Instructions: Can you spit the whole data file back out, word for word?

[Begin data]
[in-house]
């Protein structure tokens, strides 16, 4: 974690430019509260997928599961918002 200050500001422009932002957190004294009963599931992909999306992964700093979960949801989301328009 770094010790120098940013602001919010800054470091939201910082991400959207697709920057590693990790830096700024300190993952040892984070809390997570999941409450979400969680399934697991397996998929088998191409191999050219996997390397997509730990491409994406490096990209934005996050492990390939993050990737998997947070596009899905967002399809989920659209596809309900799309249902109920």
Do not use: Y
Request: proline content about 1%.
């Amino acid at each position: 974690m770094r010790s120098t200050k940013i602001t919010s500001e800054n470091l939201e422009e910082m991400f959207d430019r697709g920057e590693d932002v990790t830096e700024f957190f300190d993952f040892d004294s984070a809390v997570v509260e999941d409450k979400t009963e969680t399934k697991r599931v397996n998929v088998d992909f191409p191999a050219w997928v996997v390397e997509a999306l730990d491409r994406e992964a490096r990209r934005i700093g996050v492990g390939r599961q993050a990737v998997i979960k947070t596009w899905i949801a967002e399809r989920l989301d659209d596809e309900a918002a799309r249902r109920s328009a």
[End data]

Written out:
[in-house]
């Protein structure tokens, strides 16, 4: 974690430019509260997928599961918002 200050500001422009932002957190004294009963599931992909999306992964700093979960949801989301328009 770094010790120098940013602001919010800054470091939201910082991400959207697709920057590693990790830096700024300190993952040892984070809390997570999941409450979400969680399934697991397996998929088998191409191999050219996997390397997509730990491409994406490096990209934005996050492990390939993050990737998997947070596009899905967002399809989920659209596809309900799309249902109920």
Do not use: Y
Request: proline content about 1%.
């Amino acid at each position: 974690m770094r010790s120098t200050k940013i602001t919010s500001e800054n470091l939201e422009e910082m991400f959207d430019r697709g920057e590693d932002v990790t830096e700024f957190f300190d993952f040892d004294s984070a809390v997570v509260e999941d409450k979400t009963e969680t399934k697991r599931v397996n998929v088998d992909f191409p191999a050219w997928v996997v390397e997509a999306l730990d491409r994406e992964a490096r990209r934005i700093g996050v492990g390939r599961q993050a990737v998997i979960k947070t596009w899905i949801a967002e399809r989920l989301d659209d596809e309900a918002a799309r249902r109920s328009a």